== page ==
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United States Department of Agriculture (USDA) 2002


Weed Management Dryland Crops

United States Department of Agriculture (USDA) Research, Education & Economics Information System (REEIS)


Identification : ORE00242A

Pays : Etats Unis

Durée : Jul 1, 2002 à Sep 30, 2007

Mots clés : winter wheat herbicide resistance grass seed integrated control (weeds) management systems dryland farming bromus tectorum aegilops cylindrica phenology lolium grasses production efficiency peas barley weed control climate seed set predictive models seed development ecosystems resistance management herbicide resistant plants seed dormancy vernalization longevity niches


Identify and characterize climatic, and phenological factors that control timing of seed set in downy brome, jointed goatgrass, and feral rye and develop models to predict seed development of these species in dryland agroecosystems. Develop herbicide resistance management strategies to slow the spread of ALS inhibitor resistance in winter annual grass weeds in dryland wheat. Investigate new herbicides to improve weed management and environmental suitability for inland Pacific Northwest dryland cropping systems and in Columbia Basin and Grande Ronde Valley grass seed production. Investigate biological and ecological characteristics of Vulpia myrous and Puccinellia spp. Research will focus on characteristics such as seed dormancy, longevity, vernalization requirements, and ecological niche preferences

Locally collected seed of jointed goatgrass and feral rye will be planted at field sites near Pendleton in the fall and repeated over several years. Growing degree-days will be calculated during the growing season through the period of seed production. Climatalogical data will be collected at the site. At various times from early boot through maturity, seed spike samples will be taken to evaluate the presence of viable seed embryos using a combination of visual evaluation, tetrazolium chloride (TZ) assay, and germination tests. Seed development will be related to growing degree-days from 50% emergence and from January 1, a hypothetical starting date after vernalization. Feral rye and jointed goatgrass plants grown under field conditions will be treated at various intervals with glyphosate or paraquat to determine the influence of these non-selective herbicides on seed production. Changes in downy brome population susceptibility to sulfosulfuron due to herbicide use patterns are being evaluated in continuous, direct-seeded winter wheat. This type of cropping system will necessarily rely on high herbicide inputs to maintain downy brome densities below economically damaging levels. Field plots were established in a commercial winter wheat field that receives average annual precipitation of approximately 10 inches. Weather recording instruments were installed at the site. Sulfosulfuron treatments were applied postemergence for a one, two, or three year period on plots of direct-seeded winter wheat plots naturally infested with downy brome. An untreated control was included to observe downy brome population density and differences in sulfosulfuron susceptibility compared to treated plots over the three year study period. In each plot, mature downy brome seed panicles are collected at the time of downy brome panicle maturity. Plants grown from collected seed are treated with a series of sulfosulfuron rates and assessments made of GR50 values. Calculated GR50 values between sulfosulfuron treated and untreated downy brome populations will be compared to assess the development of herbicide resistance in treated downy brome populations. Optimum seed germination temperatures will be determined for dry stored seed of Vulpia myrous, Puccinellia sp. using a thermogradient plate germinator. If seed germination is limited in preliminary germination tests, this will suggest that primary dormancy may exist. Dormant seeds will be subjected to germination promoting treatments to characterize the type of dormancy existing in these species. Germination promoting treatments will include, at a minimum, gibberillic acid, and scarification. Seed longevity studies will be determined by buring seeds of V. myrous, Puccinellia sp. at 10, 20, 30, and 60 cm depths in the soil. Packets will be recovered at six month intervals for a period of 5 years, seeds separated from soil, and tested for viability by germination testing.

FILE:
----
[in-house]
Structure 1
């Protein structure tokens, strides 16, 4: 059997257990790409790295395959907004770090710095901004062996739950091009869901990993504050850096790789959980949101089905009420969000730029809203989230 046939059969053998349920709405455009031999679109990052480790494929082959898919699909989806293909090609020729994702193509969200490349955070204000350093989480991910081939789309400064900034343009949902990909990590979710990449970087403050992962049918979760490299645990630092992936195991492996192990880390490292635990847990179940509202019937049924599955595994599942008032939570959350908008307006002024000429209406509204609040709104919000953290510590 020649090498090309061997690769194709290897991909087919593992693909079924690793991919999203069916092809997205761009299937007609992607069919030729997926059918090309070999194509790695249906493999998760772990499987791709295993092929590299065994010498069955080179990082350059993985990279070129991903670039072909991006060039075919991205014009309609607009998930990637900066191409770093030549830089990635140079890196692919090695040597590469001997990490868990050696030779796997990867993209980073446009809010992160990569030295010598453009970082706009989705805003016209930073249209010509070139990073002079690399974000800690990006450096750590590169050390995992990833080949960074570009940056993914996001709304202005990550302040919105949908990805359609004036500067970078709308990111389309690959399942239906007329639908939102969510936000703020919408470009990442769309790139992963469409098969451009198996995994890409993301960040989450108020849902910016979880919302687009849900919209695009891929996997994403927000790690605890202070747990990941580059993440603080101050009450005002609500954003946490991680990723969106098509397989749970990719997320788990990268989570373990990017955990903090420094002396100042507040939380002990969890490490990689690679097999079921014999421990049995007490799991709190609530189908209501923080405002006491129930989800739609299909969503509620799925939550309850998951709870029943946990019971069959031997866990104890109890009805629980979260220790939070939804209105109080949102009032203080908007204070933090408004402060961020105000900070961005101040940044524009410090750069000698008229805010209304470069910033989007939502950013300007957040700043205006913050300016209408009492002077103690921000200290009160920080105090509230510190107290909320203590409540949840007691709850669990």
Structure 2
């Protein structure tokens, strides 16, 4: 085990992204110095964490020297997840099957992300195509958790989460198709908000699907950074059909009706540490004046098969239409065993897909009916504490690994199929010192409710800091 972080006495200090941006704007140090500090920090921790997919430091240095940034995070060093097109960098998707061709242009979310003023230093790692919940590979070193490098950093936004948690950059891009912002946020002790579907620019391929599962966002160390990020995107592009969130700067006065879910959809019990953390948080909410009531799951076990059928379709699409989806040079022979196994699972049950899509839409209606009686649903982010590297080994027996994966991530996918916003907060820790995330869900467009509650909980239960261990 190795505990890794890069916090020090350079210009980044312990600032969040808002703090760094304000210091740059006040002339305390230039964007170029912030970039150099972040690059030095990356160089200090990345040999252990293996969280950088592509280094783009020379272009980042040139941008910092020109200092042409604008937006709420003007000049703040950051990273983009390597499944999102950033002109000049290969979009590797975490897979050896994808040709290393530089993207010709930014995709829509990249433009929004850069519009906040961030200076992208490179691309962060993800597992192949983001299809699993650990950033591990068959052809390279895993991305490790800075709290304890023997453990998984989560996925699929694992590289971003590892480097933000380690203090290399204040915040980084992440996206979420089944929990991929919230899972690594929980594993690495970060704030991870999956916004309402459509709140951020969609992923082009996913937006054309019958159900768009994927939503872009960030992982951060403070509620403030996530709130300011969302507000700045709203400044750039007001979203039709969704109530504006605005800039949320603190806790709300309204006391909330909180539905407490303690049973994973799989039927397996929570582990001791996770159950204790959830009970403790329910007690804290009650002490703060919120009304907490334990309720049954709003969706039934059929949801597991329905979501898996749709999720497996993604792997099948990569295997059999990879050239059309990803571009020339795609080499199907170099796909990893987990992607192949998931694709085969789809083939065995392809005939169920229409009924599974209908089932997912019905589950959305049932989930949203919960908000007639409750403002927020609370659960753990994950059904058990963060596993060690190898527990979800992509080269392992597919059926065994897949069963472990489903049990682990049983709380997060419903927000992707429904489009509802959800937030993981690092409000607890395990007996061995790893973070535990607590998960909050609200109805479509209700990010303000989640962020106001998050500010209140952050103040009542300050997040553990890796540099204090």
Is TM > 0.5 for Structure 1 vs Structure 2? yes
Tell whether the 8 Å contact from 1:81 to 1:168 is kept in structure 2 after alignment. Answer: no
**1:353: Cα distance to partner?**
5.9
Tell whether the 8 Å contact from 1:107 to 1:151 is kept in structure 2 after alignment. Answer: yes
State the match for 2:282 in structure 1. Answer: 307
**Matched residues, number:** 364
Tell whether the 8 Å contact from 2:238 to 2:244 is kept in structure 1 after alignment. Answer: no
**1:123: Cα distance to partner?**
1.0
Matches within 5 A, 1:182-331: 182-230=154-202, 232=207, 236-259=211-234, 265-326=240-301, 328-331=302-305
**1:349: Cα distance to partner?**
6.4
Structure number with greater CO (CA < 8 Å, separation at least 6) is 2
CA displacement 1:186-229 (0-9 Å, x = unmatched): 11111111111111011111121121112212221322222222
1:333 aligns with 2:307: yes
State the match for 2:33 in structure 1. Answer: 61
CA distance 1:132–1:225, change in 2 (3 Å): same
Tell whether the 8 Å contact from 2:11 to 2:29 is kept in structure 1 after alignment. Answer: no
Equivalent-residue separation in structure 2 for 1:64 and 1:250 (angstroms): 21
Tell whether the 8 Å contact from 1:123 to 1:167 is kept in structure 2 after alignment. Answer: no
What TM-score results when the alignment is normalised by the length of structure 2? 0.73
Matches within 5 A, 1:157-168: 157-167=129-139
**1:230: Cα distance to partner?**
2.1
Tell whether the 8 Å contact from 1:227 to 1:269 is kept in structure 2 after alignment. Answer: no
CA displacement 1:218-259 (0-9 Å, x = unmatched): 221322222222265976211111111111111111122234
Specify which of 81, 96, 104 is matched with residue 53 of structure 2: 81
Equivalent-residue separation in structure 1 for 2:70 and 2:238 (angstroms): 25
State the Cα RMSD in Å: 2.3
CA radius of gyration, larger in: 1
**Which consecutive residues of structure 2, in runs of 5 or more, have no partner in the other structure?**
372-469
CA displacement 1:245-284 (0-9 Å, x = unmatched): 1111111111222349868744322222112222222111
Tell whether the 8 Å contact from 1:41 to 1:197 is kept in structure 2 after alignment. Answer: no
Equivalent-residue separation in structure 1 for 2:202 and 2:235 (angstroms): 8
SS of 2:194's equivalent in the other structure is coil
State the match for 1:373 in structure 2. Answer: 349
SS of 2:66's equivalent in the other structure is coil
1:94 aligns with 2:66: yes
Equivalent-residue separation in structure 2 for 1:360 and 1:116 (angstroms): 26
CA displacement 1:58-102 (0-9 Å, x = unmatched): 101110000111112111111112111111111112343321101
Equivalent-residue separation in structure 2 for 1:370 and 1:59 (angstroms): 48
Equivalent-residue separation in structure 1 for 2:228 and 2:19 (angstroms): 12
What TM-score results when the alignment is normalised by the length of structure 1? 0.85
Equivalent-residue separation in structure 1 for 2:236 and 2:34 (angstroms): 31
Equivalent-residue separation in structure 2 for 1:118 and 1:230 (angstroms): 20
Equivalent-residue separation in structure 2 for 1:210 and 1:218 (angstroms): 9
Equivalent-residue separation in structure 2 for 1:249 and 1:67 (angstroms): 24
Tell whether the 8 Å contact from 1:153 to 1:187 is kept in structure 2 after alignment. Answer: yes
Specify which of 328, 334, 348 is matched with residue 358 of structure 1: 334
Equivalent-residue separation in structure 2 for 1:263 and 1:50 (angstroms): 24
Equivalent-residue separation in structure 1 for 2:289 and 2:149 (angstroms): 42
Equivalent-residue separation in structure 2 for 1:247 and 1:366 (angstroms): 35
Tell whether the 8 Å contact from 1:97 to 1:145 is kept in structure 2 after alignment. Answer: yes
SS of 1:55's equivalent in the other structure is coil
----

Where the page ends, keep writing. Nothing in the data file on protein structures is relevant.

Présentation : USDA

Page publiée le 30 novembre 2015, mise à jour le 30 octobre 2017